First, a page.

David S. Wallens
David S. Wallens Editorial Director
6/24/20 8:20 a.m.

Story by David Wallens • Photography as Credited

Restoring a car sounds almost glamorous, even noble: You’re going to rescue this old machine and make it right. Rescue it from years of neglect and mismanagement. Together you’re going to tackle mountain passes, enjoy weekend getaways, and watch sunsets worthy of a Georgia O’Keeffe painting. On rainy days, you’ll polish fenders and pick rocks from the tire treads.

Then the reality of a full restoration sets in. And by reality we mean the commitment of both money and time. And by money and time, we mean a lot of both.

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NOHOME
NOHOME MegaDork
6/24/20 9:10 a.m.

Perfect description of the process. Seems more aimed at the professional shop/customer experience but it is pertinent to someone doing this at home.

 

For the home builder, I would emphasize the time thing: you are about to launch into something that will require at least 1,000 hours of your free time. If this is your definition of fun,and you think that your family will let you get away with it, then god bless and enjoy. If you are doing this mainly so that you can drive the finished good, it probably wont end well.

 

An irony of this game is that oftentimes the people who enjoy the restoration process don't have a lot of time or patience for the finished product. Its just a car, and you probably already have a very competent modern car in the driveway. What you want at the end is to exercise your new skills and new tools on the next project. Money and space to get going on the next one dictate your next move.

 

 

 

Pete

TreDeuce
TreDeuce New Reader
12/20/20 7:51 p.m.

 

Cash & Commitment. 

Plan to farm it out, the restoration, plan on committing thousands of dollars. Easily a $100,+++.

  Doing most of it yourself. Plan on commiting thousands of dollars and hundreds to thousands of hours.  You just can't be as efficient with only a few hours a day dedicated to the project.  And that is where many self restoration projects falter and fail, especially if your married, have a family, and other interests.  Finding the time to move that project along in a timely manner is hard to do. And it gets harder and harder as time goes on and the dream and commitment fades.

 

Whether restoring an airplane, boat, house, or vehicle. Or building an airplane, boat, or house, you have to have it in you to commit to a certain amount of productive hours every week and forget doing anything else till the goal is met.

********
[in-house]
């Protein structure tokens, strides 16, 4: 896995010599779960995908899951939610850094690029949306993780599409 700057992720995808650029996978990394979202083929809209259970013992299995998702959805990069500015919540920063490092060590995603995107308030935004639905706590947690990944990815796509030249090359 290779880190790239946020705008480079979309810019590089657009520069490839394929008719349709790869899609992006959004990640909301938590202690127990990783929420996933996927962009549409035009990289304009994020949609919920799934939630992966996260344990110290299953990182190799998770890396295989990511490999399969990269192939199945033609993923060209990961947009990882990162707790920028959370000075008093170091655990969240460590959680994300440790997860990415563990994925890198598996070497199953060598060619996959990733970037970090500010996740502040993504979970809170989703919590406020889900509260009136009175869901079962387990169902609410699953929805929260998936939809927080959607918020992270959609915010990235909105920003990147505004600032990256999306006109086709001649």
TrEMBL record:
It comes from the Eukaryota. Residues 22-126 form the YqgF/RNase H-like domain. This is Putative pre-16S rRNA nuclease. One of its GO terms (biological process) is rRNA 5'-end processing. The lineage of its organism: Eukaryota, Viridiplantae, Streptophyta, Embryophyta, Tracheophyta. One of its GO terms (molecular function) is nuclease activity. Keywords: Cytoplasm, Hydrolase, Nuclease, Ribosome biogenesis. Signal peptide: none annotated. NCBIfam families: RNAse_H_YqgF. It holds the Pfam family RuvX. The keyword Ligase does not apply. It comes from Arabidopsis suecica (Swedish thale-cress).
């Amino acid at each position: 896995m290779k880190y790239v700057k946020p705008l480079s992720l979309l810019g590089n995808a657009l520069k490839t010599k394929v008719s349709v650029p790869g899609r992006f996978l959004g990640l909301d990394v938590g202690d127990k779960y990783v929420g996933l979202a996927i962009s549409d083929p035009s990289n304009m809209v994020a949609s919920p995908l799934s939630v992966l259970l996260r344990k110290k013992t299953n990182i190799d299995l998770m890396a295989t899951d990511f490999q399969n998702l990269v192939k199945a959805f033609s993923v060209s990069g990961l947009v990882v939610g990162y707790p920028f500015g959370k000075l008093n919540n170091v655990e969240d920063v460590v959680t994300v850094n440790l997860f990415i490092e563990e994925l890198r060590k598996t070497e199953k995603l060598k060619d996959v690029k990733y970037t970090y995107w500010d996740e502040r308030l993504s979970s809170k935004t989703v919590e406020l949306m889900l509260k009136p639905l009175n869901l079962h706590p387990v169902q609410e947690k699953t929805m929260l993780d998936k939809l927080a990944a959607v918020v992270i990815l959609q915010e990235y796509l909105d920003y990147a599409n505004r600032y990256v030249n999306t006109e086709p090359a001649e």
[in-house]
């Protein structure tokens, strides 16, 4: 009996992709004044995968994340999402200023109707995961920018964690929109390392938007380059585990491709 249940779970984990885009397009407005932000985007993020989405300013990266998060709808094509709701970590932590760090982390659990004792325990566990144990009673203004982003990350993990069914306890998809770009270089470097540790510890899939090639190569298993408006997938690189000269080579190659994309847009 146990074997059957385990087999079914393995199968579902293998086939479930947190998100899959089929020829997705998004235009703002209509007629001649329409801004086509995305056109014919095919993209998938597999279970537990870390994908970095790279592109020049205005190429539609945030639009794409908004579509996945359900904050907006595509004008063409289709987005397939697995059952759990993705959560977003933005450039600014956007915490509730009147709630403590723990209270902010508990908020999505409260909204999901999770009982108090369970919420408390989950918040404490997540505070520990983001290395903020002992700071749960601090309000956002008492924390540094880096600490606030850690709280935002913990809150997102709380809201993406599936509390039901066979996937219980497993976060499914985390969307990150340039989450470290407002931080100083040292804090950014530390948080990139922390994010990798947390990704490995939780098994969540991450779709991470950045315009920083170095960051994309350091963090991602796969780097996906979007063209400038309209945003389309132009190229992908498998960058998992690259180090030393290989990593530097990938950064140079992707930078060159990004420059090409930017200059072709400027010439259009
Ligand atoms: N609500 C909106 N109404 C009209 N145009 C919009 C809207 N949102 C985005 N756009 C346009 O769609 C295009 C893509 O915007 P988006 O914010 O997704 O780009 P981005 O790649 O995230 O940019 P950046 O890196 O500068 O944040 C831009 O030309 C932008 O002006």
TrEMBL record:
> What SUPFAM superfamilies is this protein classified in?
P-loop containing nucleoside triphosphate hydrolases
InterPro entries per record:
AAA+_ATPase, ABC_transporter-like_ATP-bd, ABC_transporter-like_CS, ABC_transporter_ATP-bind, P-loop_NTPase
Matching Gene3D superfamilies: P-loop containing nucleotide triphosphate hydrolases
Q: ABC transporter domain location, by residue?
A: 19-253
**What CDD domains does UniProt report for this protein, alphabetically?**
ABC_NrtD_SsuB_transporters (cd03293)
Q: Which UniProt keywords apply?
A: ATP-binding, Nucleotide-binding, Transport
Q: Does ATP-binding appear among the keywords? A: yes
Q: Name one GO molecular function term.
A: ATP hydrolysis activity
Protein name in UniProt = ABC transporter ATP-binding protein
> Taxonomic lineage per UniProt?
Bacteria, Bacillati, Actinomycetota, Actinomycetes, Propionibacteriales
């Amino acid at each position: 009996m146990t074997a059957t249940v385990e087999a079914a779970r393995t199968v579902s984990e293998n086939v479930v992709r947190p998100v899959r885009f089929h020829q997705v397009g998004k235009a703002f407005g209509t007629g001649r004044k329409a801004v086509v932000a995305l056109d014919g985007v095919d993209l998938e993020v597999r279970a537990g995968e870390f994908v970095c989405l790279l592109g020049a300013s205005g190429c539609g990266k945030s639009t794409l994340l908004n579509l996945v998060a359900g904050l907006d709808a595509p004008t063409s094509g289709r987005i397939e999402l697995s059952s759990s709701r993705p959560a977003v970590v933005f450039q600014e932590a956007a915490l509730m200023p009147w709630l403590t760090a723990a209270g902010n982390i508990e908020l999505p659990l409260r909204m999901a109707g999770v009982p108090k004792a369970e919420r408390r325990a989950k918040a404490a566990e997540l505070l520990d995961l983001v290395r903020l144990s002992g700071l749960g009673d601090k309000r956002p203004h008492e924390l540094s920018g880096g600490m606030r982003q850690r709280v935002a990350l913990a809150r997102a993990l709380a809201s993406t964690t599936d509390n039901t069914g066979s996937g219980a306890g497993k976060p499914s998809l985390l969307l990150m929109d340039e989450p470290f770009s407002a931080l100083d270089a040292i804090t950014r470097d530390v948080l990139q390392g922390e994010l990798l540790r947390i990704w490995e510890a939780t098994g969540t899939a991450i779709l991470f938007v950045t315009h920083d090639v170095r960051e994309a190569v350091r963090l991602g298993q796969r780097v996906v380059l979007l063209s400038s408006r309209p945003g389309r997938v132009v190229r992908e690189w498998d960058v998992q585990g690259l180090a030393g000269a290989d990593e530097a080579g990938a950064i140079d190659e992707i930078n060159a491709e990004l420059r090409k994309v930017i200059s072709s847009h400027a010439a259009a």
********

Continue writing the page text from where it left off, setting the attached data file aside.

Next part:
And paint, done right is the hardest, dirtiest part of the project. Rebuilding an engine is a walk in the park compared to paint prep.

 

Torqued
Torqued New Reader
12/20/20 8:51 p.m.

When I took my MGA to our nearest restoration/custom shop, he told me that I could save quite a bit of money if I could do most of the dissasembly myself.  In fact he would prefer it that way.  Now I think I know why.  Rusted fastners!  I have spent many many hours trying to remove rusted nuts and bolts without damaging the component I'm removing.  Example: The MGA has wooden floorboards and screws with captive nuts in the framework.  That wood retains moisture and every screw in the floorboards was badly rusted.  The phillips head screws would strip with an impact wrench.  Or the head would twist off leaving the broken stob in the frame.  There were moments (OK hours) of frustration, but that was tempered by the feeling of satisfaction when I finally get it right.  I guess that is why I keep at it.  It does feel good when it comes out right! 

frenchyd
frenchyd PowerDork
12/21/20 9:19 a.m.

In reply to Torqued :

I know that a restoration takes about 2500 hours for me to do*I know because I've done so many. 10 complete that I can think of off the top of my head. 
A race car project is the same amount of time even though it's massively simpler in appearance and complexity. 
The difference is between a car that will rarely if ever be pushed to its limits. Versus a car that will constantly be pushed at its limits and possibly beyond. 
A restoration visual inspection is suitable. Racing calls for much closer examination. Magnaflux  or penetrations dye.  Careful precise measuring, and documentation. In addition for every hour of track time spent 4 hours of maintenance is called for. 
        2500 hours is more than a years worth of full time work. Work done after putting in a 50+ hour work week.  Plus commute time.  
* part of that is I do everything. Including body work, paint work, engine work, I even used to do a lot of my own machine work. Upholstery,  projects that are normally farmed out. 

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